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Regime Change Required to Achieve Our War Aims in Libya

Better late than never, the Obama administration has finally recognized the National Transitional Council as the rightful government of Libya. Note that since March 17, the U.S.and our allies have employed military force against the government of Muammar Qaddafi, which means de facto, we were intervening on the side of the rebels. Yet it has taken the U.S. this long–nearly four months–to do something roughly two dozen nations had already done: namely to extend diplomatic recognition to the rebels.

It would be fascinating to hear from the administration why it decided to wait so long and why it finally decided to take this step now which could and should have been taken months ago. From the outside, it appears to be of a piece with the bungling and mismanagement which has characterized this war effort. As a result, Qaddafi is still hanging onto power, and our NATO allies are running short of munitions.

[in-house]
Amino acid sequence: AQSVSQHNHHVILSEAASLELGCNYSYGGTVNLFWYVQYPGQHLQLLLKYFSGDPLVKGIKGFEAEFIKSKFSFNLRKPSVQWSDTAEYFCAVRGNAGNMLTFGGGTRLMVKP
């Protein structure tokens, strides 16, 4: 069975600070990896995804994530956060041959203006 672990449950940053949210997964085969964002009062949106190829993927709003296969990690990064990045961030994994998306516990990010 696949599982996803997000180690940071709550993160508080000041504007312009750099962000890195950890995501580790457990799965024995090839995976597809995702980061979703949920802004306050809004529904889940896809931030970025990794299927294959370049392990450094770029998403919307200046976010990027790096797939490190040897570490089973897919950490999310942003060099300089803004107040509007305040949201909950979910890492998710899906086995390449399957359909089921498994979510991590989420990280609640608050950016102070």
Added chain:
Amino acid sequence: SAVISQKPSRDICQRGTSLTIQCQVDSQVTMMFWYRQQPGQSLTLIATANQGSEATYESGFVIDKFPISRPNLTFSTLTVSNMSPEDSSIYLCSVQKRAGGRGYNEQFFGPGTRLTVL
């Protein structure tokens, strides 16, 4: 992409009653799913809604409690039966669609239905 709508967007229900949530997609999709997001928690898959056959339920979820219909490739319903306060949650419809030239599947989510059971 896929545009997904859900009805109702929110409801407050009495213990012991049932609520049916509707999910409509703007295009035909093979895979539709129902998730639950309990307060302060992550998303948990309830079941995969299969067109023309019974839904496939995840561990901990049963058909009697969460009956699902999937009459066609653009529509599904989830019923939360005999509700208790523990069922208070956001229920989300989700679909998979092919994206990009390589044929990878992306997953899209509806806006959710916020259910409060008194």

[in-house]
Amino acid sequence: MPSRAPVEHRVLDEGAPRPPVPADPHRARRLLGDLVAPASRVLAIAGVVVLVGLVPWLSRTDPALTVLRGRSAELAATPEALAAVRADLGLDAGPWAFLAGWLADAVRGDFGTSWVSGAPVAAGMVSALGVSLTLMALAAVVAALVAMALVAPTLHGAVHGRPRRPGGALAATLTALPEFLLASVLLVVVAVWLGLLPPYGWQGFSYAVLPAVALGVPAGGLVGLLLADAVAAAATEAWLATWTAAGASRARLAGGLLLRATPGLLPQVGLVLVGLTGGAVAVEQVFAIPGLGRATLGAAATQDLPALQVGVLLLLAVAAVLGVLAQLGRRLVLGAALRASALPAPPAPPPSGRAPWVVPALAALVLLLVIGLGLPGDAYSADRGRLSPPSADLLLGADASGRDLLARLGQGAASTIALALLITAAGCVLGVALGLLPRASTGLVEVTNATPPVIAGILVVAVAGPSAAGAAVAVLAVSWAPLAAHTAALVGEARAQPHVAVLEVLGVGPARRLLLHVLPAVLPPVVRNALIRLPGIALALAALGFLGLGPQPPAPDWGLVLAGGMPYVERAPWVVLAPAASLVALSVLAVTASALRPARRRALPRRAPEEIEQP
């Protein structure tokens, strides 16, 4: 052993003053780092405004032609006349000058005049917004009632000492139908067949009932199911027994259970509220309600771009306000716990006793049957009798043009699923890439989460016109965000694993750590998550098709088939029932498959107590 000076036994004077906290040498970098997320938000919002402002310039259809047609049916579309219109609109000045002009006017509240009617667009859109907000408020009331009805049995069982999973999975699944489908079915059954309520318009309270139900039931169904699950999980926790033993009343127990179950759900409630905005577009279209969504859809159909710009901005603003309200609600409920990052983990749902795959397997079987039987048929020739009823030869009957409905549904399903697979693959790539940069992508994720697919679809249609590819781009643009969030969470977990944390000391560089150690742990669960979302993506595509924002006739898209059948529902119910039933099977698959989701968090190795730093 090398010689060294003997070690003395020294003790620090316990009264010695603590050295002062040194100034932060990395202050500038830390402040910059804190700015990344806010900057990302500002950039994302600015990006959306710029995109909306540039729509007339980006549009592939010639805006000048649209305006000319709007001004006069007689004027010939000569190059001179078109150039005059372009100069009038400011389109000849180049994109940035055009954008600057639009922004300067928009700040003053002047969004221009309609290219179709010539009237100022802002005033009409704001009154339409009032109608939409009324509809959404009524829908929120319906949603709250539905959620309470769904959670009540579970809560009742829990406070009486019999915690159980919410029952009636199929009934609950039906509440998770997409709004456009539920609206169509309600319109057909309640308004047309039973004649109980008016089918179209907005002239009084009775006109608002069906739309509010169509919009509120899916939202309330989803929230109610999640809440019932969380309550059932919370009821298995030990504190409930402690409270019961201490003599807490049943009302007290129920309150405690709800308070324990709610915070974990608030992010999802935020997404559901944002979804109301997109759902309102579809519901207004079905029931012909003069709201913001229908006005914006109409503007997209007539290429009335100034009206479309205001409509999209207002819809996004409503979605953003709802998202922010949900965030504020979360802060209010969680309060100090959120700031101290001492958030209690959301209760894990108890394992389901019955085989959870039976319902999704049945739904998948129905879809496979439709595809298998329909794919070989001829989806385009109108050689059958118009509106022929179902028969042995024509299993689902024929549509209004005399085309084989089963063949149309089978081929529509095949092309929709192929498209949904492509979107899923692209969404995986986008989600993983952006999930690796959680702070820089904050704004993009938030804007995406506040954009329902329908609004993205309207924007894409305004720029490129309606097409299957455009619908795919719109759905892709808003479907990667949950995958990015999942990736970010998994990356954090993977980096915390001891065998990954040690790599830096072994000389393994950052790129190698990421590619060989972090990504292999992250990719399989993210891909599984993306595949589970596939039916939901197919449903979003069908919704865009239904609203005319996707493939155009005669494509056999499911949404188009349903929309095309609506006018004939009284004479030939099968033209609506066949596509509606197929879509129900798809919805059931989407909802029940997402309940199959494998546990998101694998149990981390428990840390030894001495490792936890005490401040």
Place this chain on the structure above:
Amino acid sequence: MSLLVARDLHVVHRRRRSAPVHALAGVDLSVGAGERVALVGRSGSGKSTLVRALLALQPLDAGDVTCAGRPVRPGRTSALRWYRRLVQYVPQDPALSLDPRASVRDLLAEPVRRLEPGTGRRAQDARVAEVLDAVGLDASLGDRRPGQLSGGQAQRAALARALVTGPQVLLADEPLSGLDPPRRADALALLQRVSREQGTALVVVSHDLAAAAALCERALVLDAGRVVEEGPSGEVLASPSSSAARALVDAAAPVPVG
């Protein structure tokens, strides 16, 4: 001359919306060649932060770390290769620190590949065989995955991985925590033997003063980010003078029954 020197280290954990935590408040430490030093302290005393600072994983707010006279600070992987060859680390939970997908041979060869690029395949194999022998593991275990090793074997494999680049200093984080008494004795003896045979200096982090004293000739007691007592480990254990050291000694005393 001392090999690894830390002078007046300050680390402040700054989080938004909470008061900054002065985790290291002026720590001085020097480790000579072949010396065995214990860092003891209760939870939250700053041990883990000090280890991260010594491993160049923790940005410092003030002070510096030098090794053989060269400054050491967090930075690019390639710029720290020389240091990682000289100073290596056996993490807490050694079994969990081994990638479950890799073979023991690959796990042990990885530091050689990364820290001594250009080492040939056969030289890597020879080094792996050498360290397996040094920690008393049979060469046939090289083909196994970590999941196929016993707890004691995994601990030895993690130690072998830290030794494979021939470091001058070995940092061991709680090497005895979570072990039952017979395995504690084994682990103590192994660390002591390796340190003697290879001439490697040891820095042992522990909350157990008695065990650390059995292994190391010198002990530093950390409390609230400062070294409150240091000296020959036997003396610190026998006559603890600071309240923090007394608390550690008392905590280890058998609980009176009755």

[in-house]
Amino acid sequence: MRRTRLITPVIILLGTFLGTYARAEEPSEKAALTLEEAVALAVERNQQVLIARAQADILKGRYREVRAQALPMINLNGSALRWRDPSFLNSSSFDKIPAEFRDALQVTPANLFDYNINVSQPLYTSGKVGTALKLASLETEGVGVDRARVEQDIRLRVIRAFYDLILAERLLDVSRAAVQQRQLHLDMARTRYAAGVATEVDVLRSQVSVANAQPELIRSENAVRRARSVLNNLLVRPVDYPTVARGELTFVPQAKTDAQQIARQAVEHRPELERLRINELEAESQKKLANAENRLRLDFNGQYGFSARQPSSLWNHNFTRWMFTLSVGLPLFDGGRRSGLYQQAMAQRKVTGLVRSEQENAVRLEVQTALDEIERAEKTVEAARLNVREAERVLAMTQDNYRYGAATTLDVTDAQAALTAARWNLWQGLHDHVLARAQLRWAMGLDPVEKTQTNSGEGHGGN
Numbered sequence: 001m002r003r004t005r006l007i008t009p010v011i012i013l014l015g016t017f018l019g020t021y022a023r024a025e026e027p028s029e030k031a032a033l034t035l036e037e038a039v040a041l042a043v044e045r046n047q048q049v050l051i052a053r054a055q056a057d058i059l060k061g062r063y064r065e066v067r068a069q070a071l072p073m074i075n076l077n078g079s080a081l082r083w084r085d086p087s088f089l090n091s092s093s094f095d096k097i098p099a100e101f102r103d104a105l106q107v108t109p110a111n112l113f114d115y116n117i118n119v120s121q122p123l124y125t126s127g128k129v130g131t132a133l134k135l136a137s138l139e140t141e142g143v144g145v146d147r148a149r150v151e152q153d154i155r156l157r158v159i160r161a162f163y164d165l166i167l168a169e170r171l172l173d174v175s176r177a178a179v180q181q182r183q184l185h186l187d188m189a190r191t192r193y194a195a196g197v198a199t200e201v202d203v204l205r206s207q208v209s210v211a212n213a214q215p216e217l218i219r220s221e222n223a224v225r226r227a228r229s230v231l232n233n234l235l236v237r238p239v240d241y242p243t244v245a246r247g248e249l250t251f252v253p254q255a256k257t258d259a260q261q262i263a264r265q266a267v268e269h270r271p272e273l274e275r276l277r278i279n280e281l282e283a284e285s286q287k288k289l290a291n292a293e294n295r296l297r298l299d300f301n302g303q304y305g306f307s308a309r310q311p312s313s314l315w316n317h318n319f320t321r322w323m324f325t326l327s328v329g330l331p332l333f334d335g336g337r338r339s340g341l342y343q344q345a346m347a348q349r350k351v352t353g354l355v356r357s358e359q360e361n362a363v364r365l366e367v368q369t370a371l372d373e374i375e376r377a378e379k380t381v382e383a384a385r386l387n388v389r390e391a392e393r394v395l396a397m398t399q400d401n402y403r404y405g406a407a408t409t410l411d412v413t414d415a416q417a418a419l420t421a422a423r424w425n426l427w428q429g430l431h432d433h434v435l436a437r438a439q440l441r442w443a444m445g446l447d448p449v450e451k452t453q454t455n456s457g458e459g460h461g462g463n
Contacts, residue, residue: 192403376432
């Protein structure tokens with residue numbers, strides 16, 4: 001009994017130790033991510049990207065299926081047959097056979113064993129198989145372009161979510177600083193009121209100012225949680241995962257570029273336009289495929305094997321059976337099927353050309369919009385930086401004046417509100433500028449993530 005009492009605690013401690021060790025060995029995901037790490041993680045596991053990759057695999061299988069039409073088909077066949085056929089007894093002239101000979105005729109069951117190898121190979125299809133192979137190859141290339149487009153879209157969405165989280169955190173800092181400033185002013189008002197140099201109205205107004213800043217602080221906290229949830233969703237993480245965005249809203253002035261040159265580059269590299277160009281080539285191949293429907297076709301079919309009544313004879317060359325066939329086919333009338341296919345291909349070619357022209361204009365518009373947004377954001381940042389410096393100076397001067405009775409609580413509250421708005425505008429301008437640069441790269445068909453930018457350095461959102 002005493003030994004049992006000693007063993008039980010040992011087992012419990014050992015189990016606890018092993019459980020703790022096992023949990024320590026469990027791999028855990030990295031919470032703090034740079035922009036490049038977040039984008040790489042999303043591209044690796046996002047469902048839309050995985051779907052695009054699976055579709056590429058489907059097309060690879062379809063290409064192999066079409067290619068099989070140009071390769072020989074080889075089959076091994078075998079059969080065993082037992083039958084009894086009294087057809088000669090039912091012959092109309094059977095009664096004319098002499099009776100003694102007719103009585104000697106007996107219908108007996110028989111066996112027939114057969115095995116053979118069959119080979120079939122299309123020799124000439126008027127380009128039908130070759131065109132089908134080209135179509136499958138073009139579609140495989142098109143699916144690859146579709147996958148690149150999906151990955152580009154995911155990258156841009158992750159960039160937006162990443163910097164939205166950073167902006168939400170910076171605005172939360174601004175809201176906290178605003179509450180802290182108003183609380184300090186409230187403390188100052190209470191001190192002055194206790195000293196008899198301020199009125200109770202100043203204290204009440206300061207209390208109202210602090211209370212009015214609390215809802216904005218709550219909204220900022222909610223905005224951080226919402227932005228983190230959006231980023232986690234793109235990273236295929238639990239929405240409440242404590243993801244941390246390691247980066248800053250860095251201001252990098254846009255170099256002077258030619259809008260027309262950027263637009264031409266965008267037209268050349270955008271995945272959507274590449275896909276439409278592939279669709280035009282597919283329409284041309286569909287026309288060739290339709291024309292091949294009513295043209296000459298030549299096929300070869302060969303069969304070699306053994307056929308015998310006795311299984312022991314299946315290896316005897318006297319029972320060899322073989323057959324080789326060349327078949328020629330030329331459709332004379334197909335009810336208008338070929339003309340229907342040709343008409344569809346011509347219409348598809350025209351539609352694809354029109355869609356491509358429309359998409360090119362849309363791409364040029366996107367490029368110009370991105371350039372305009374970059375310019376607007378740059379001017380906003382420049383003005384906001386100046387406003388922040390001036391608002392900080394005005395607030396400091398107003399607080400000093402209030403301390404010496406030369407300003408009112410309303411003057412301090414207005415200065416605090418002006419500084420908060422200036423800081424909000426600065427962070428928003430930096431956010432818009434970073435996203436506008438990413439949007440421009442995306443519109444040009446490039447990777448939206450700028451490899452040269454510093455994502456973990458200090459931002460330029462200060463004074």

Now there is talk of somehow negotiating Qaddafi’s removal–though why he would voluntarily step down when he is wanted by the International Criminal Court, remains something of a mystery. It is said Qaddafi might remain in Libya, which raises a different point: why would he trust any assurances issued by the rebels when in Egypt members of the former regime are now being lined up for trial?

This would not be an issue if President Obama were willing to recognize that, War Powers Act or not, we really are at war.  This requires decisive action to achieve our war aims–which by this point have clearly expanded beyond humanitarian considerations to regime change.


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